And that is why so many people accept tyranny, and why it will always be a problem for the human race. Because tyranny is so much easier than freedom. It is acquiescence. It means giving up. Tyranny is for quitters, and it amounts to handing over the reins to someone else. Most people are happier when they don’t have a choice, and they don’t even realize it.
However, there is another way to look at this odd human behavior.
There was another interesting fact that was gleaned from that study. The American parents who had chosen to take their sick children off life support, still regretted their decision. But when asked if they would have had it any other way, most of them claimed that they would have still made the same decision. Their decision made them unhappy, they knew it made them unhappy, but when they were asked if they would have rather let the doctor make that choice, they all said no.
And that right there is an example of people who truly want freedom, and not just the rosy idea of freedom. Those who truly want freedom are willing to accept the painful struggle of having a choice in life, and prefer it to the ignorant bliss that comes with not having a choice. However, it was only applicable to that particular situation. Would those same parents prefer to have a choice in every other aspect of their lives?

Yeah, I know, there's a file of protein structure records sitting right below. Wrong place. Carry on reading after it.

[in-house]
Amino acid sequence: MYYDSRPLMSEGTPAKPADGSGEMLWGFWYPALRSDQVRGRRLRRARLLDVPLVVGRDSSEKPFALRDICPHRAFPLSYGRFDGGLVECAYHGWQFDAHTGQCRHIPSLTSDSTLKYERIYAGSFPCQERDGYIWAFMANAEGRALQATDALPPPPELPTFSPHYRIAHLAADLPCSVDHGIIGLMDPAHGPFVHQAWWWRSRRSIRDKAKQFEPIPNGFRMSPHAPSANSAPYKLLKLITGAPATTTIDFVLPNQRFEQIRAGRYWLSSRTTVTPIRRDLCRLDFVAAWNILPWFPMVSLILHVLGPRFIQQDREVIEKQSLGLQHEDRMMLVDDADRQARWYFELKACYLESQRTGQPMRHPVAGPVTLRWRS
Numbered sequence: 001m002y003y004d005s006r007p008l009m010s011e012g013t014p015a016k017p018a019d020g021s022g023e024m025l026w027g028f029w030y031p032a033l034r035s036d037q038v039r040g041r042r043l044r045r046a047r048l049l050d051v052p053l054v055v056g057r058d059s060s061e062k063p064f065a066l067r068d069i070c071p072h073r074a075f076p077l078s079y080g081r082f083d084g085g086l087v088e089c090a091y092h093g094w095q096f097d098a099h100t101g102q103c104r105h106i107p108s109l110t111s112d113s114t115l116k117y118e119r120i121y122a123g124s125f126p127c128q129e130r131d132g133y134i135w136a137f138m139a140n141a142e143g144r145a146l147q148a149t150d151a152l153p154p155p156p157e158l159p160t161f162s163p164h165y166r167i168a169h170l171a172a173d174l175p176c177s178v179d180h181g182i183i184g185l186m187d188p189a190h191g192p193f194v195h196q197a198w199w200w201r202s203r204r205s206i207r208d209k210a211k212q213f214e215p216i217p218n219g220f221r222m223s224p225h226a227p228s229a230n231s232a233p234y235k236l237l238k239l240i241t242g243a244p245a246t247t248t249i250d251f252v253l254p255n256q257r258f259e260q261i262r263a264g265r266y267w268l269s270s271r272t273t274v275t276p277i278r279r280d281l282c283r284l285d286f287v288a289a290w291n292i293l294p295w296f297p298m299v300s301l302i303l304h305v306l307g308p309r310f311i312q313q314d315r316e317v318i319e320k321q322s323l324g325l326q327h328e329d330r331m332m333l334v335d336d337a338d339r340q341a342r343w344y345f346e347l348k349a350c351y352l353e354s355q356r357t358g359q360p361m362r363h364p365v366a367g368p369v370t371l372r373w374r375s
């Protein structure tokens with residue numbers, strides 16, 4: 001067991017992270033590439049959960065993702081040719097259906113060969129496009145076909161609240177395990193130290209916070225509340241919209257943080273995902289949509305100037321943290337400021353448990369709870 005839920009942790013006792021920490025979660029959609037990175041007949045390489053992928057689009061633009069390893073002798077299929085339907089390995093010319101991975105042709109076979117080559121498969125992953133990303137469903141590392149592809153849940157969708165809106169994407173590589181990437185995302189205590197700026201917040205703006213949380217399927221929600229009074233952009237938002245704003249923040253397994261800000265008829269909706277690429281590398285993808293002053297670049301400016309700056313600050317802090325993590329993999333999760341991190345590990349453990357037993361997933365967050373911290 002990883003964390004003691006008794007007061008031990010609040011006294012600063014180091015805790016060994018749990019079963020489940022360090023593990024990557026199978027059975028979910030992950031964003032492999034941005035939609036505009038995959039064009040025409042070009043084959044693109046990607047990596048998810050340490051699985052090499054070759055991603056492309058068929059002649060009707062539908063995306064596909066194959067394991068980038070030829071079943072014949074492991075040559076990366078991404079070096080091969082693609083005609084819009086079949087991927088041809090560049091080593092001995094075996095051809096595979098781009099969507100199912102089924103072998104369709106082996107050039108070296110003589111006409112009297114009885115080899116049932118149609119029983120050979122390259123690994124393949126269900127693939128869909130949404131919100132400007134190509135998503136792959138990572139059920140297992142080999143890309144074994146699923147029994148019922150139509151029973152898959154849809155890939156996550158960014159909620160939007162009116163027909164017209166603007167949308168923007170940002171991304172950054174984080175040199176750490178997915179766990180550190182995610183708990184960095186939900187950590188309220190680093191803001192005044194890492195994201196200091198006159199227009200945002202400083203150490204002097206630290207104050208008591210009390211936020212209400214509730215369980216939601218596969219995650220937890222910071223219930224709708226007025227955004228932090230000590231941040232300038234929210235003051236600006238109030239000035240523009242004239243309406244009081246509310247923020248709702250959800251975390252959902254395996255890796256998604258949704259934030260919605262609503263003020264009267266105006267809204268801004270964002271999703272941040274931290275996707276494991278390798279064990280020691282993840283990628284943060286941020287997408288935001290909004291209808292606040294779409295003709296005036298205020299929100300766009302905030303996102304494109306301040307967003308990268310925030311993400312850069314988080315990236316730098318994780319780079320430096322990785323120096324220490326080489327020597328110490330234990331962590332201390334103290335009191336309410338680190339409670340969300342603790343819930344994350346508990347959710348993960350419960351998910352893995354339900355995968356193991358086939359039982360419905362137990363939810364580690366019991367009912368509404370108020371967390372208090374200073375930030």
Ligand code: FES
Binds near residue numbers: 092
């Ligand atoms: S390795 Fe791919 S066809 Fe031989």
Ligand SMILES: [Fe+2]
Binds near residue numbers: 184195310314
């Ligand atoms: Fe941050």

Unfortunately, that kind of person is a rare bird these days. If you could ask everyone in the world about their ethics and political beliefs, you’d probably find a wide variety, but most of them would have one thing in common. There’s always some part of their lives that they are willing to relinquish to a “higher authority,” and that part differs depending on their ideology. Most people don’t really want the full freedom package.
So it’s up to the rare few who really want freedom, without compromise, to make it a reality for themselves. The human race will always teeter on the edge of a tyrannical abyss, because there is an inherent weakness in our species. We’re happier when we don’t have so many choices (or freedom), which means that accepting tyranny is easy for us. It takes all our strength and moral fiber to rise above it, because we default towards tyranny (which is defined by the lack of choice in our lives) when we stop caring. It’s our natural inclination.
Just as human weakness and apathy leads to ignorance, violence, and hatred, it also destroys freedom. And the political and financial elitists of the world want you to give in to your weaknesses, and fall back on those baser instincts. They want you to give up. They want you to yearn for a simple life, where your choices are taken care of by someone else. They want you to be a slave.
But do you really want that? Do you have the strength to make that choice?
Joshua Krause is a reporter, writer and researcher at The Daily Sheeple. He was born and raised in the Bay Area and is a freelance writer and author. You can follow Joshua’s reports at Facebook or on his personal Twitter. Joshua’s website is Strange Danger.